jacket illustration from "The House That Baba Built" by Ed Young (click to enlarge)

As World War II was approaching Shanghai, Ed’s father worked on a plan to protect his family. From The House Baba Built :

“…The safest part of Shanghai was where the embassies were. . . . But the only land for sale there cost far more than my father could pay. So he offered to build a big brick house on it, with courtyards, gardens, a swimming pool, and let the landowner have it all. . . “

provided that Ed’s family could live there for twenty years. The landowner agreed.

Ed’s father, a trained engineer, draws up the plans…

One of 8 gatefolds, featuring an overhead view of the house Ed Young's father built, with swimming pool (click to enlarge)

The house was transformed as needed to a place for games, for relatives to gather, and to be safe.

The house was transformed as needed to a place for games, for relatives to gather, and to be safe. (click to enlarge)

Cousin Sonny spontaneously draws the cowboy Ed describes, as more relatives are sheltered in the house.

Cousin Sonny spontaneously draws the cowboy Ed describes (click to enlarge)

See Ed Young discuss children’s book illustration and his previous work on Shanghai Messenger, written by Andrea Cheng, published by Lee & Low (below).

Medium: Mixed media
Publisher: Little, Brown and Company/Little, Brown Books for Young Readers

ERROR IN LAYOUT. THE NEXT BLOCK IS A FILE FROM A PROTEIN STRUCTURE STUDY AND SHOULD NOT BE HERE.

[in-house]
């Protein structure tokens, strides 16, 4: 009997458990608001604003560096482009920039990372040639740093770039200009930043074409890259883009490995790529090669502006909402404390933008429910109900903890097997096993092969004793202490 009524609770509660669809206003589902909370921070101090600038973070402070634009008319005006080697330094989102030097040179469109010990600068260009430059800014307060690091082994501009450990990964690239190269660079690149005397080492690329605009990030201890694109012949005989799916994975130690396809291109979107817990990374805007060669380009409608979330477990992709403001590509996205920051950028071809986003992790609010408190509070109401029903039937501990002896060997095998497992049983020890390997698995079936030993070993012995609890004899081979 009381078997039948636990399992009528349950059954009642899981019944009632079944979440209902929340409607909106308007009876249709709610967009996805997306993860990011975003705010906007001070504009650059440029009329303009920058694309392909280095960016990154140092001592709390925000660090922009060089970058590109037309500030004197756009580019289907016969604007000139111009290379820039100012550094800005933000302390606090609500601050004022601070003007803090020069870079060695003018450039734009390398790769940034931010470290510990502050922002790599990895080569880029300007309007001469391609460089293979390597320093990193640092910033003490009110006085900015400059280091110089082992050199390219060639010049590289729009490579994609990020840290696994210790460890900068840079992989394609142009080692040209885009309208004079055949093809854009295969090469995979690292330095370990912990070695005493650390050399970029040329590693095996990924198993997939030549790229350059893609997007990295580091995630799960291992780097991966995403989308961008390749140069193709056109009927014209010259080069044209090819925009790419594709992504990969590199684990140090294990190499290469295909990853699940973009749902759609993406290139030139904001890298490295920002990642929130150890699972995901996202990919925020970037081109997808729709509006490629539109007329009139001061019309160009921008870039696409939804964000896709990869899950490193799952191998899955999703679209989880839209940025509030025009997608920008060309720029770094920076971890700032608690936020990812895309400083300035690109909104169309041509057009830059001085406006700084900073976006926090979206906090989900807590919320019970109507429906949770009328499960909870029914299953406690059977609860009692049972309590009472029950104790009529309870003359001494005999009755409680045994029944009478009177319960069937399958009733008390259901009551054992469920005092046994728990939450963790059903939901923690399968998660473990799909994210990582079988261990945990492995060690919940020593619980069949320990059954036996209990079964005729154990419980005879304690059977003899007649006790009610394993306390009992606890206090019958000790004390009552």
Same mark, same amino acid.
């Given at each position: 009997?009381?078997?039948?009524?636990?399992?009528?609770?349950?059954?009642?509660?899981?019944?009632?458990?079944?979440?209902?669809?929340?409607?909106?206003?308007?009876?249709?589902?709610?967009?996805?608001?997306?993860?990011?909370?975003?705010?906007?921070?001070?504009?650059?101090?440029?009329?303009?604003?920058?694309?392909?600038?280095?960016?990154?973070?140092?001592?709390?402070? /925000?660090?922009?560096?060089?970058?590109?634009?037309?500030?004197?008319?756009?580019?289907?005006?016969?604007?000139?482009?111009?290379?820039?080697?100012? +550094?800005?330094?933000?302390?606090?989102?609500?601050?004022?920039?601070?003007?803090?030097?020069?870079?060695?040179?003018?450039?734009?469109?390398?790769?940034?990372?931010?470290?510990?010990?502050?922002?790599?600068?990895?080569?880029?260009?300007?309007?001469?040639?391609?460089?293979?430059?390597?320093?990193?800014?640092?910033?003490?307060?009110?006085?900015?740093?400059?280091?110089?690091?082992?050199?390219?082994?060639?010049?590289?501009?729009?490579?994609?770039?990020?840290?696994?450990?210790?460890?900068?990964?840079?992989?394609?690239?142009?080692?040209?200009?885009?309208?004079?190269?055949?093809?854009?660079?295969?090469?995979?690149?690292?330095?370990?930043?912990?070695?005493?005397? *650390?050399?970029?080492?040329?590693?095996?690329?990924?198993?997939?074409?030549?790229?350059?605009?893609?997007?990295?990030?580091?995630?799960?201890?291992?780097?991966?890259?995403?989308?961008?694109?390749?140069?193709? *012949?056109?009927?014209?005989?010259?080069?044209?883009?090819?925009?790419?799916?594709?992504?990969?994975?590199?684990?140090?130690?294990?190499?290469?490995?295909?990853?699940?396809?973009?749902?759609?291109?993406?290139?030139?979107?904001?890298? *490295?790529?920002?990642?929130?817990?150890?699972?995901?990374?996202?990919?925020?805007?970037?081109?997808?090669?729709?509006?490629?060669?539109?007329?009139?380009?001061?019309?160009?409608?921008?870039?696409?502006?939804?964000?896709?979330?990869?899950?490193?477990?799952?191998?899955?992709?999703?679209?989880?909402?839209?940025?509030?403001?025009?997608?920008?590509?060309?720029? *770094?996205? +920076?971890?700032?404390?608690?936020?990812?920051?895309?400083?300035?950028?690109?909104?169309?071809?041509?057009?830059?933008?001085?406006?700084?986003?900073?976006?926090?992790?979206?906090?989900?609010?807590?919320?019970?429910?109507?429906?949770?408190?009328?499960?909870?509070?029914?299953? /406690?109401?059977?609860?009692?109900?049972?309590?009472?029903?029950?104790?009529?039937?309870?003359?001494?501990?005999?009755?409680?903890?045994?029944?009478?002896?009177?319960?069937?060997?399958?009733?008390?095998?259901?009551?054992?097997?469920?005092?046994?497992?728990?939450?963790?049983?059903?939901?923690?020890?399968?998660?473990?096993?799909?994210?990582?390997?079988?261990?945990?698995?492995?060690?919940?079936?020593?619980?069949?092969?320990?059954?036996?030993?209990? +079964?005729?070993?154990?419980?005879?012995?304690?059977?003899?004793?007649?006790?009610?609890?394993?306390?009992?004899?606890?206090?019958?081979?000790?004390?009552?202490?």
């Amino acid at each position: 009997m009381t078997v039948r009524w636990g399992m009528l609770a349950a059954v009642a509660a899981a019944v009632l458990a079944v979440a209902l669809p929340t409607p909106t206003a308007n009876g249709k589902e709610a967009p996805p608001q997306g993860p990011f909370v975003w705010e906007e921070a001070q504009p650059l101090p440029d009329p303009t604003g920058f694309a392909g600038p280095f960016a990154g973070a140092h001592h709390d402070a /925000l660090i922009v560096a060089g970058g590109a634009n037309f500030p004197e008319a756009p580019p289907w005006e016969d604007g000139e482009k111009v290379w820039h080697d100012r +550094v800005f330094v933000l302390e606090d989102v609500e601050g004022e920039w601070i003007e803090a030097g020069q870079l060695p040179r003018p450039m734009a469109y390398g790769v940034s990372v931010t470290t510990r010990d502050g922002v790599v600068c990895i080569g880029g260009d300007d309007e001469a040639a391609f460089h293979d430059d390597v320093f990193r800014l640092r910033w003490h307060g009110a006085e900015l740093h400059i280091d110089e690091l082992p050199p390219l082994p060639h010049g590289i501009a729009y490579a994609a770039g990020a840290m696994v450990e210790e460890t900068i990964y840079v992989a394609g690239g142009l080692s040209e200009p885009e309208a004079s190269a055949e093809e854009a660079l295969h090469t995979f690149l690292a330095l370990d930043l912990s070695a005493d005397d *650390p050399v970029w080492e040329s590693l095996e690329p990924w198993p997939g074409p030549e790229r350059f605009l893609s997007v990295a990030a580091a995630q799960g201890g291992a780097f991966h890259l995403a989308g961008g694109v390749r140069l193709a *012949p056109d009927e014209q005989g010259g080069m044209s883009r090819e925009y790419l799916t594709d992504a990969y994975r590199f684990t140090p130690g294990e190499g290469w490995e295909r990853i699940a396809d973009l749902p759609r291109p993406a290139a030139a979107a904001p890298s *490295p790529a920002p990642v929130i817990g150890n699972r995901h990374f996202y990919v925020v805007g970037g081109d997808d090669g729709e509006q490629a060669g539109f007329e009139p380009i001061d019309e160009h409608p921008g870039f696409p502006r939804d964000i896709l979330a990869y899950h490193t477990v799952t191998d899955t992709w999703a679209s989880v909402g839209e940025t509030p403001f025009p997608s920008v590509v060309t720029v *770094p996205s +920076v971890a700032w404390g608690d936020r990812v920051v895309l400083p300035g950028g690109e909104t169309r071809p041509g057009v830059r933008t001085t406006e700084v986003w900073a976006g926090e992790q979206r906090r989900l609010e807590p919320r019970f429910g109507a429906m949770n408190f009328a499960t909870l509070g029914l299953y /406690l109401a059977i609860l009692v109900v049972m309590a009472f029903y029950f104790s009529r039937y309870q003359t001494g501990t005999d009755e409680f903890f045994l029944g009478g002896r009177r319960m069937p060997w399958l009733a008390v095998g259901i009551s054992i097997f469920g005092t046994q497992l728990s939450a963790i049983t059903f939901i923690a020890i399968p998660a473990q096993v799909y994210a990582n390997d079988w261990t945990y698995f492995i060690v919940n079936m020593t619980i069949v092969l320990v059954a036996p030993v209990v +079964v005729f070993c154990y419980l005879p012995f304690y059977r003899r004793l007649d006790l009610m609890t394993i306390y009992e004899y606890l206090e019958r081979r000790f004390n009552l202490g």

Art Director: Saho Fujii
Editor: Alvina Ling
Author: Ed Young

. . . . . . . . . . . . . . . . . . . . . .

Wait, wait, there’s more! 

If you’re in NYC, don’t miss your chance to view an Ed Young original up-close, from The House Baba Built at the Original Art Show.

Also on display is an illustration from Giselle Potter‘s latest book, The Orphan: A Cinderella Story from Greece (Schwartz & Wade), written by Anthony L. Manna and Soula Mitakidou.

And watch for more from our series covering The Original Art Show, right here at the Got Story Countdown!

cover from "The Orphan: A Cinderella Story from Greece"

Cover from "The Orphan: A Cinderella Story from Greece" (click to enlarge)

Medium: Watercolor
Publisher: Random House/Schwartz & Wade
Art Director: Lee Wade
Editor: Anne Schwartz
Authors: Anthony L. Manna and Soula Mitakidou